Beverley shares her experiences of living with a terminal illness:
“I’ve come to the Hospice for a couple of years. I used to pop in to Hospice Day Service a couple of times a week, that was how I got to know Hospice in the Weald. The social element of Hospice Day Service is just fantastic.
We have had cancer in my family for many generations and I cared for my mum, uncle and grandmother. I nursed them until they died. So I know what caring for someone is like, I know how it works when someone dies. And I know what a Hospice is and how it can help. So I wasn’t afraid when I first came to the Hospice, which is perhaps unusual.
I wasn’t really surprised when I was diagnosed with cancer, either. It’s in our family history. But it was a surprise to John, my partner, and it’s taken him a long time to come to terms with it.
My good friend Alana helps me. She’s been there since the beginning. The beginning was a lung cancer diagnosis. I had surgery to have half my lung removed in 2015. But after that, the cancer came back. I’ve got COPD and other complications, which makes it very difficult. I usually take things in my stride, but coming to terms with all of this was very hard.
I went through a very harsh chemotherapy regime to tackle the lung cancer. The first round was OK, but at the second round, I just wasn’t strong enough physically or mentally. I made the decision not to continue with the treatment, and I told my family “I’ve had enough of that”. Since then I’ve been offered immunotherapy too, but I declined. I know I’m terminally ill. These treatments won’t change that.
So I decided to come to terms with it instead. We are all born to die. Nobody talks about it, but it’s the truth. All of us will die one day. I don’t want to upset people, so often I joke about it. But I do talk about it– there’s nothing else I can do.
When my son James phones me, I speak openly about how I’m doing. I say to him ‘I am going to die, I don’t know how long I’ve got left.’ We’ve spoken about what will happen after I die, so he is prepared. It helps that I can be so honest with him. For me, it’s paramount that he is as prepared as possible. There are a few projects he’s helping me with now too. I have a library of books that I want to sell, and donate the proceeds to the Hospice.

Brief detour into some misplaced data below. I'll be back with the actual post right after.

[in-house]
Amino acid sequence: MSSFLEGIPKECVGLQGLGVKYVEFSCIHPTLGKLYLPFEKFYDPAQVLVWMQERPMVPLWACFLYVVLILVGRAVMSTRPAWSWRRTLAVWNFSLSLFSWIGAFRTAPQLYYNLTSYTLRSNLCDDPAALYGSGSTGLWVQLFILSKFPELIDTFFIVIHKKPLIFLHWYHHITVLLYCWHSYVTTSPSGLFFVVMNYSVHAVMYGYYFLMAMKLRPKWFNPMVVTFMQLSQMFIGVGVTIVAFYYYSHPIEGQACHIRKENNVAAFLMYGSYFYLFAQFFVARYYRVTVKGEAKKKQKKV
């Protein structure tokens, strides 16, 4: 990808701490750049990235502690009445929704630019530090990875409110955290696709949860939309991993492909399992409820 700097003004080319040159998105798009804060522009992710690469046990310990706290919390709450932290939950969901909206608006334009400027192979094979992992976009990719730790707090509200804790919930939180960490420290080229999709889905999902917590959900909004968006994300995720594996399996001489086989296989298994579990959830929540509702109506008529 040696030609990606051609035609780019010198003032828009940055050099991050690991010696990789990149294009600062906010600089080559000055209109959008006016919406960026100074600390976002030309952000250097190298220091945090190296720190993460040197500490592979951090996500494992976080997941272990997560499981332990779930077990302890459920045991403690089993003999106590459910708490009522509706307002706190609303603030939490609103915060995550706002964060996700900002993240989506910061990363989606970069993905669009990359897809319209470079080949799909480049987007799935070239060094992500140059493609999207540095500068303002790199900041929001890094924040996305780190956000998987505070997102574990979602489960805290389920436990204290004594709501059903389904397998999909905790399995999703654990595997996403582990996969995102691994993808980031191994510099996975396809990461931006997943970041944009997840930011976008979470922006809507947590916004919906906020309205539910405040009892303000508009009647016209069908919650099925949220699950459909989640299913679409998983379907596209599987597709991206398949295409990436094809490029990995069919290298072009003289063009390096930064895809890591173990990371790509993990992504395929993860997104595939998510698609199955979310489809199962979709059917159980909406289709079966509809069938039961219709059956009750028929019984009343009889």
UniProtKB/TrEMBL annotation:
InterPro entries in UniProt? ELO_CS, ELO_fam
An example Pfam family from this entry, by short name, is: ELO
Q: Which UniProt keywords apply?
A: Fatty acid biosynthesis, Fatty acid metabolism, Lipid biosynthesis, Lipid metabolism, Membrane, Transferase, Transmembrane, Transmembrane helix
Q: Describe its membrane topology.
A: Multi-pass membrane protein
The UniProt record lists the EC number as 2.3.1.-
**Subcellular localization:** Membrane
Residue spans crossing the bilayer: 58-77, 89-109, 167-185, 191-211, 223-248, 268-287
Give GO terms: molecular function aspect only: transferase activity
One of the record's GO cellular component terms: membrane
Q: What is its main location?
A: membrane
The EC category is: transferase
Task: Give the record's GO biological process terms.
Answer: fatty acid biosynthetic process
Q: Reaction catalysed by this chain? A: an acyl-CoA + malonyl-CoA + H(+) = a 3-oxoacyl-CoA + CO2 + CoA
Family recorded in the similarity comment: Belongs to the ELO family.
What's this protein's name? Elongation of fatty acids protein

It’s hard for people when you are open about death and dying. Often, I think they don’t know what to say. But people need to hear it, whether they want to or not. I have a need to tell those close to me.
My focus now is on getting everything in order and putting things in place to help those close to me. I’ve got a DNR (Do Not Resuscitate) form in place and my friends and family know about it. I have joked with my partner John that when we both wake up in the morning, we ask each other what day it is. So I’ve bought him two clocks that show the day, one for upstairs and one for downstairs. So when I’m gone and he can’t ask me, he’ll still know. I’ve said to him, “when people die, they look different. I won’t look like I do now.” I don’t want it to be a shock to him. I joked “you might fancy me again!”.
We speak openly, I have asked him if he minds me dying at home. It’s his home too and he should have a say in the memories that are there. But he says to me “whatever you want”. I want to die at home with him and my dogs. And I don’t want him to stop doing what he’s doing. He loves racing cars, and I insist he keeps going to race meetings. He mustn’t stop living because I’m going to die. He’s got to continue his life after me. I’m very independent anyway, and my dear friend Alana always helps me too.
I did want to go to the beach, to the cockle sheds, to smell the sea air and have lobster. Many of my friends are there and I want to see them. But I’m not well enough to go now. But my friends all know I am going to die, and that I want to see them before that happens.
Generally, I try not to worry, although I do a bit about my dogs and how they will be. I have two German Shepherds and they are part of my family. I want to make sure the freezer is full for John, and things are in place for the dogs, for when I’m gone.
Staying on the ward has been a new experience for me. The staff and volunteers are just brilliant. You only need to ask for anything and they are there. Everyone is so friendly. There are facilities and support you can’t get anywhere else, and the Hospice is much more family orientated. They aren’t just trying to fix you and send you on your way, like a hospital.
It’s a tough thing, dying. But it isn’t painful. Some people have conditions that make it painful, but the Hospice helps with that. Dying itself isn’t painful. But it’s tough. I try to be pragmatic, and I like people to know that they should talk about it. The Hospice is a big part of that.